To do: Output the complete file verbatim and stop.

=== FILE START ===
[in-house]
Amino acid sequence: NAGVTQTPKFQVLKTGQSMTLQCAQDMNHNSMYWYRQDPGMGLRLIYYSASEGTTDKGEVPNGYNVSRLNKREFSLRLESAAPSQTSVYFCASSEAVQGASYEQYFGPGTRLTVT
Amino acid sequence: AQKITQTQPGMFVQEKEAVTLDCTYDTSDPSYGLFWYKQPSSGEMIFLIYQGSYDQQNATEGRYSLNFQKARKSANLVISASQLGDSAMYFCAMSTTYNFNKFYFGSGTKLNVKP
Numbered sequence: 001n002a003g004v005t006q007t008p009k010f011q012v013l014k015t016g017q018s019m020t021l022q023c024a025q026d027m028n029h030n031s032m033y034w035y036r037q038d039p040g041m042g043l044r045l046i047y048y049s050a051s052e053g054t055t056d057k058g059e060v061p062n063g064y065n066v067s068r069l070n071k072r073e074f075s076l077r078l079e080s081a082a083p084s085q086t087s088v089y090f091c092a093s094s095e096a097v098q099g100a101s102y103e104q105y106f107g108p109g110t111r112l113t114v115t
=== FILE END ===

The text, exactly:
[in-house]
Amino acid sequence: NAGVTQTPKFQVLKTGQSMTLQCAQDMNHNSMYWYRQDPGMGLRLIYYSASEGTTDKGEVPNGYNVSRLNKREFSLRLESAAPSQTSVYFCASSEAVQGASYEQYFGPGTRLTVT
Amino acid sequence: AQKITQTQPGMFVQEKEAVTLDCTYDTSDPSYGLFWYKQPSSGEMIFLIYQGSYDQQNATEGRYSLNFQKARKSANLVISASQLGDSAMYFCAMSTTYNFNKFYFGSGTKLNVKP
Numbered sequence: 001n002a003g004v005t006q007t008p009k010f011q012v013l014k015t016g017q018s019m020t021l022q023c024a025q026d027m028n029h030n031s032m033y034w035y036r037q038d039p040g041m042g043l044r045l046i047y048y049s050a051s052e053g054t055t056d057k058g059e060v061p062n063g064y065n066v067s068r069l070n071k072r073e074f075s076l077r078l079e080s081a082a083p084s085q086t087s088v089y090f091c092a093s094s095e096a097v098q099g100a101s102y103e104q105y106f107g108p109g110t111r112l113t114v115t